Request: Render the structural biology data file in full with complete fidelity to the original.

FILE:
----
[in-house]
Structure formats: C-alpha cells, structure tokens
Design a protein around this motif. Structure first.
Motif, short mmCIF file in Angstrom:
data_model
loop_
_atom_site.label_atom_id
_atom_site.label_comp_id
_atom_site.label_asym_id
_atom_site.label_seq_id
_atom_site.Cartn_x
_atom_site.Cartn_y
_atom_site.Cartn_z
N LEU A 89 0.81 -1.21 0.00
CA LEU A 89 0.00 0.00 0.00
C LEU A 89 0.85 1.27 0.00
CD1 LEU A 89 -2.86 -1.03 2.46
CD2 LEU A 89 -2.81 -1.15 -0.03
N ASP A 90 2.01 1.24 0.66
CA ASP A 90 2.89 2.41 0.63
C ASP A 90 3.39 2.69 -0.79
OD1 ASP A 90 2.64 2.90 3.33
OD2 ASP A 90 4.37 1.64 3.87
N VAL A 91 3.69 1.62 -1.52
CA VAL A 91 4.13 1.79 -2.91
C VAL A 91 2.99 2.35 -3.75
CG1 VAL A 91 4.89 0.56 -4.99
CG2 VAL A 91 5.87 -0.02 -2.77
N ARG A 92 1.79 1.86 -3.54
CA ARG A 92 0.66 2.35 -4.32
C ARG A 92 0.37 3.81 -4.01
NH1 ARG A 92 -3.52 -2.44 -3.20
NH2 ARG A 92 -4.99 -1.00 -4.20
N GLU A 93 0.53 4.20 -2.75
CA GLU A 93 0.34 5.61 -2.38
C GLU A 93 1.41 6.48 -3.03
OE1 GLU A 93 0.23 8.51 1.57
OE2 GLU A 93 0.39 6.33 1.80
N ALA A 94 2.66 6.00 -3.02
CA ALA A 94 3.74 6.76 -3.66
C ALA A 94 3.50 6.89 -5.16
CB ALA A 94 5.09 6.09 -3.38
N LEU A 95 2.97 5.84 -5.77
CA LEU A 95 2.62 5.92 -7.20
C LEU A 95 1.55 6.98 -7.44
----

[in-house]
Structure formats: C-alpha cells, structure tokens
Design a protein around this motif. Structure first.
Motif, short mmCIF file in Angstrom:
data_model
loop_
_atom_site.label_atom_id
_atom_site.label_comp_id
_atom_site.label_asym_id
_atom_site.label_seq_id
_atom_site.Cartn_x
_atom_site.Cartn_y
_atom_site.Cartn_z
N LEU A 89 0.81 -1.21 0.00
CA LEU A 89 0.00 0.00 0.00
C LEU A 89 0.85 1.27 0.00
CD1 LEU A 89 -2.86 -1.03 2.46
CD2 LEU A 89 -2.81 -1.15 -0.03
N ASP A 90 2.01 1.24 0.66
CA ASP A 90 2.89 2.41 0.63
C ASP A 90 3.39 2.69 -0.79
OD1 ASP A 90 2.64 2.90 3.33
OD2 ASP A 90 4.37 1.64 3.87
N VAL A 91 3.69 1.62 -1.52
CA VAL A 91 4.13 1.79 -2.91
C VAL A 91 2.99 2.35 -3.75
CG1 VAL A 91 4.89 0.56 -4.99
CG2 VAL A 91 5.87 -0.02 -2.77
N ARG A 92 1.79 1.86 -3.54
CA ARG A 92 0.66 2.35 -4.32
C ARG A 92 0.37 3.81 -4.01
NH1 ARG A 92 -3.52 -2.44 -3.20
NH2 ARG A 92 -4.99 -1.00 -4.20
N GLU A 93 0.53 4.20 -2.75
CA GLU A 93 0.34 5.61 -2.38
C GLU A 93 1.41 6.48 -3.03
OE1 GLU A 93 0.23 8.51 1.57
OE2 GLU A 93 0.39 6.33 1.80
N ALA A 94 2.66 6.00 -3.02
CA ALA A 94 3.74 6.76 -3.66
C ALA A 94 3.50 6.89 -5.16
CB ALA A 94 5.09 6.09 -3.38
N LEU A 95 2.97 5.84 -5.77
CA LEU A 95 2.62 5.92 -7.20
C LEU A 95 1.55 6.98 -7.44